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Five Computer Science Graduate Students Named 2016 Siebel Scholars

Harvard John A Paulson School of Engineering and Applied Sciences

October 01, 2015

Cambridge, Mass. – Oct. 1, 2015 – Five computer science graduate students at the Harvard John A. Paulson School of Engineering and Applied Sciences (SEAS) have been named 2016 Siebel Scholars.

Hsieh-Chung Chen, Svilen Kanev, Scott Linderman, Scott Moore, and Bo Waggoner will each receive a $35,000 award for their final year of graduate studies.

They are among 90 selected worldwide from 17 partnering institutions by the Siebel Scholars Foundation, which recognizes exceptional students at the world’s leading graduate schools of computer science, as well as business, bioengineering and, new this year, energy science. On average, Siebel Scholars rank in the top 5 percent of their class, and many are within the top 1 percent.

“It is my great pleasure to congratulate the Siebel Scholars Class of 2016 and to welcome them to this ever-growing, lifelong community,” said Thomas M. Siebel, chairman of the Siebel Scholars Foundation.

The five SEAS students join more than 1,000 Siebel Scholars who are global leaders in academia, government, and industry. Siebel Scholars are chosen by the deans of their respective schools on the basis of outstanding academic achievement and demonstrated leadership qualities.

Student Biographies

Kevin (Hsieh-Chung) Chen is pursuing a Ph.D. in computer science under the advisement of H.T. Kung, William H. Gates Professor of Computer Science and Electrical Engineering. His current research focuses on sparse coding, a model that has strong ties to compressive sensing, signal processing, biometrics, and machine learning. In the past, he has held research positions at Academic Sinica and Intel, working on several projects including high-speed cryptanalysis, hardware counter modeling/prediction, and compressive depth imaging. He has also served as a teaching fellow for Harvard’s “Cloud Computing” (CS-144r/244r) and “Cryptography” (CS-127) classes. Chen received his bachelor's degree in computer science from National Cheng Kung University in Taiwan and his master’s degree in electrical engineering from National Taiwan University.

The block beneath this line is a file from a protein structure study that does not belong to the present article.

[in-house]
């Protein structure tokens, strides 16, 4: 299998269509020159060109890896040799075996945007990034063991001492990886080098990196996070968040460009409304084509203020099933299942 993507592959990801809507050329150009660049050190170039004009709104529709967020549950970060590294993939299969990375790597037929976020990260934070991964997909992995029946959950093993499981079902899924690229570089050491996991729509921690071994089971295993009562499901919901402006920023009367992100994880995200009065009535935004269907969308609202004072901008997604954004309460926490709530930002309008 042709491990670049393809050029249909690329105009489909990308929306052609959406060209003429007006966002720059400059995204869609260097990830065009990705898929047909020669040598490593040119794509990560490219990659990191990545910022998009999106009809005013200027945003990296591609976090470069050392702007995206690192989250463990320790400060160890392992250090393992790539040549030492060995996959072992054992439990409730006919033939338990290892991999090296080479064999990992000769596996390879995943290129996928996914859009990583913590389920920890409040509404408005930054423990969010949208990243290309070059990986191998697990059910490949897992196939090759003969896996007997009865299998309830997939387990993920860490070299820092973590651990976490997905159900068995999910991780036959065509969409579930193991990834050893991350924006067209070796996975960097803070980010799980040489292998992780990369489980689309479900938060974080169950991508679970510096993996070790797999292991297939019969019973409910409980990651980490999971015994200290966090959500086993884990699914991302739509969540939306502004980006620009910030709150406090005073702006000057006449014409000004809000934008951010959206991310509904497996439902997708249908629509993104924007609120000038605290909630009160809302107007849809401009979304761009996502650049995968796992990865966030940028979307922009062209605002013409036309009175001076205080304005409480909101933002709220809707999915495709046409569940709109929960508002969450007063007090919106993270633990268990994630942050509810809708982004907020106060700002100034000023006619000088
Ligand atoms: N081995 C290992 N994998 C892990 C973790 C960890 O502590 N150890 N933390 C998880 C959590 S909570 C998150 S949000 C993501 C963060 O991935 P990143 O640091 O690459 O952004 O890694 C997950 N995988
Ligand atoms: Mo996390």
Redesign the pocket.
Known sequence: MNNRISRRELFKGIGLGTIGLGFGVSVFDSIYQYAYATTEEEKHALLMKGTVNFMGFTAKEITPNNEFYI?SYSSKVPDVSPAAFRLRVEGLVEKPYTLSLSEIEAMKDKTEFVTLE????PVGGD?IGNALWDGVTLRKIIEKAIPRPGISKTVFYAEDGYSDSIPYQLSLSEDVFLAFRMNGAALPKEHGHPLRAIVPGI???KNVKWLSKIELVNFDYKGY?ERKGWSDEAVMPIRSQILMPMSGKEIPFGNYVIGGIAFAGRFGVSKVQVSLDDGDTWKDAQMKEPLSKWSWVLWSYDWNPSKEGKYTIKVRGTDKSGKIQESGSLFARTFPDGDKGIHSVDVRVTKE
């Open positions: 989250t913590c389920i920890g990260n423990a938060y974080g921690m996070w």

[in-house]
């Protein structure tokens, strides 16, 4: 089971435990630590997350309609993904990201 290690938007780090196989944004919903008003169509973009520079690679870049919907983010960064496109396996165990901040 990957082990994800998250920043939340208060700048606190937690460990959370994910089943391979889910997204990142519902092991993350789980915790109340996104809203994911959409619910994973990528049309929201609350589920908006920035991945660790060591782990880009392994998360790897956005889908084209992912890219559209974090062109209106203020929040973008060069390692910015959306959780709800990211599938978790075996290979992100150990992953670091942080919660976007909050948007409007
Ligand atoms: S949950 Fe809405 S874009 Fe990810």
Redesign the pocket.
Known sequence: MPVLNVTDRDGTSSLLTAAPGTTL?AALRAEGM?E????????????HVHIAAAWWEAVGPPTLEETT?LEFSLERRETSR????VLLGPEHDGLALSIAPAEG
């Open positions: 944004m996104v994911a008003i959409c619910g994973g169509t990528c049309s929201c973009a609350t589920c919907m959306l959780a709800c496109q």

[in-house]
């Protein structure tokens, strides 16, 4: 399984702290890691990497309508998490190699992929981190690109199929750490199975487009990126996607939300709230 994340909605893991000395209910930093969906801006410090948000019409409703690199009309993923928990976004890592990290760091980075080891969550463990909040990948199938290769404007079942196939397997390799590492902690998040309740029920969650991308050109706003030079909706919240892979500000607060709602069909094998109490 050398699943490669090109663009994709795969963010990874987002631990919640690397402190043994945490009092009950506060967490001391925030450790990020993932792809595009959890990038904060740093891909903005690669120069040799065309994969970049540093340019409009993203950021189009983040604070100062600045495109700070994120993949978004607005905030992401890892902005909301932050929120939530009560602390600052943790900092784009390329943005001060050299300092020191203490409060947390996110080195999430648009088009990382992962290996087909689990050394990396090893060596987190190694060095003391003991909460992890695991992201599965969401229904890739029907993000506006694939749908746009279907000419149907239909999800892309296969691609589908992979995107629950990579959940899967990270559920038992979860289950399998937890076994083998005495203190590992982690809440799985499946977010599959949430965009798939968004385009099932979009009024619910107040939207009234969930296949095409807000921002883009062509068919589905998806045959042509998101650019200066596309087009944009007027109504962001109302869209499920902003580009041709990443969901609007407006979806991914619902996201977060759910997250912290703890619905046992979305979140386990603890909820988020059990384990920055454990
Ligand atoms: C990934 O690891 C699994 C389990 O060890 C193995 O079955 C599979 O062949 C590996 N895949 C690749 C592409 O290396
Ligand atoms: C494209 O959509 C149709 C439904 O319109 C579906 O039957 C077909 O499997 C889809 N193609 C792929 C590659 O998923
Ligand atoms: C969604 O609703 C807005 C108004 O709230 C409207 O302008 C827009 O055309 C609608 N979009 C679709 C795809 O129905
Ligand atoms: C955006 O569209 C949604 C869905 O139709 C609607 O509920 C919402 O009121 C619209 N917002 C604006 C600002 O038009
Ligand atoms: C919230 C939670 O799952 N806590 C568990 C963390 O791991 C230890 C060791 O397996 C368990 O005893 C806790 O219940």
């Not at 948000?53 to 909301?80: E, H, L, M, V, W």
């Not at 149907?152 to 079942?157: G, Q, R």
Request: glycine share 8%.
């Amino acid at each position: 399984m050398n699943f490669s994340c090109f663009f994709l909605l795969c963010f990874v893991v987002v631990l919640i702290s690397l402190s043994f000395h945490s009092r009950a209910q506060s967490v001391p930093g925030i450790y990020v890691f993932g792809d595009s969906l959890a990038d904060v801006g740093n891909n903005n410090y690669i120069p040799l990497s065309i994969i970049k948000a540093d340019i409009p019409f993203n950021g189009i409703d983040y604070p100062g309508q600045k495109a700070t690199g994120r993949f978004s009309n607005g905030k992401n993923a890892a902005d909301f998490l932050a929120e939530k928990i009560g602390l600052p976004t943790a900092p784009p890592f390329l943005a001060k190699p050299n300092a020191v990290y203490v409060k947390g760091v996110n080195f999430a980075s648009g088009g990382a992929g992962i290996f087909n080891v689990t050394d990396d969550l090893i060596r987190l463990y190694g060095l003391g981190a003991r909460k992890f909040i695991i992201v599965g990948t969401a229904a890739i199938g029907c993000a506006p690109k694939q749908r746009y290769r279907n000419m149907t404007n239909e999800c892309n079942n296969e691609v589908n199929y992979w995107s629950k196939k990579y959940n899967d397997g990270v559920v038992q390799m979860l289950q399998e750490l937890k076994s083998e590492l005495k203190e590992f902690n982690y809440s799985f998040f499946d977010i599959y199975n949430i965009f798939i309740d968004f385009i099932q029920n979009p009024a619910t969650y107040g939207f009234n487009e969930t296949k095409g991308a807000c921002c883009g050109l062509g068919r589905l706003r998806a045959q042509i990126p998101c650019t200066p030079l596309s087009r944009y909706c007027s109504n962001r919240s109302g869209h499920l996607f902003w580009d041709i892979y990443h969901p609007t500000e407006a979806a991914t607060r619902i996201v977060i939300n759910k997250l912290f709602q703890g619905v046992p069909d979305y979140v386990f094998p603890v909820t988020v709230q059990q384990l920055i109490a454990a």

Svilen Kanev is a doctoral student in the architecture, circuits, and compilers group, advised by David Brooks, Haley Family Professor of Computer Science. His main research interests lie in the interactions between software systems and the underlying computer architecture. His research explores datacenter performance and power properties, specialized hardware for parallelism, and software-hardware co-design for reliability. Kanev holds bachelor’s and master’s degrees from SEAS. His research is closely tied to real-world, large-scale systems and benefits from his prior employment at industry leaders like Google, Microsoft Research, and Intel.

Scott Linderman is a computer science Ph.D. candidate advised by Leslie Valiant, T. Jefferson Coolidge Professor of Computer Science and Applied Mathematics, and Ryan Adams, assistant professor of computer science. He works at the intersection of computational neuroscience and machine learning, building analytical and theoretical tools to decipher large-scale neural recordings and understand biological computation. He completed his bachelor’s degree in electrical and computer engineering at Cornell University in 2008 and then helped build and test the Windows networking stack for three years as an engineer at Microsoft. As a graduate student, he received the National Defense Science and Engineering Graduate Fellowship, contributed to numerous computational neuroscience summer programs, served as a teaching fellow for three graduate computer science courses, and co-organized a workshop at the Computational and Systems Neuroscience Conference. He collaborates with neuroscientists through affiliations with the interdisciplinary National Science Foundation Center for Brains, Minds, and Machines and the Harvard Center for Brain Science.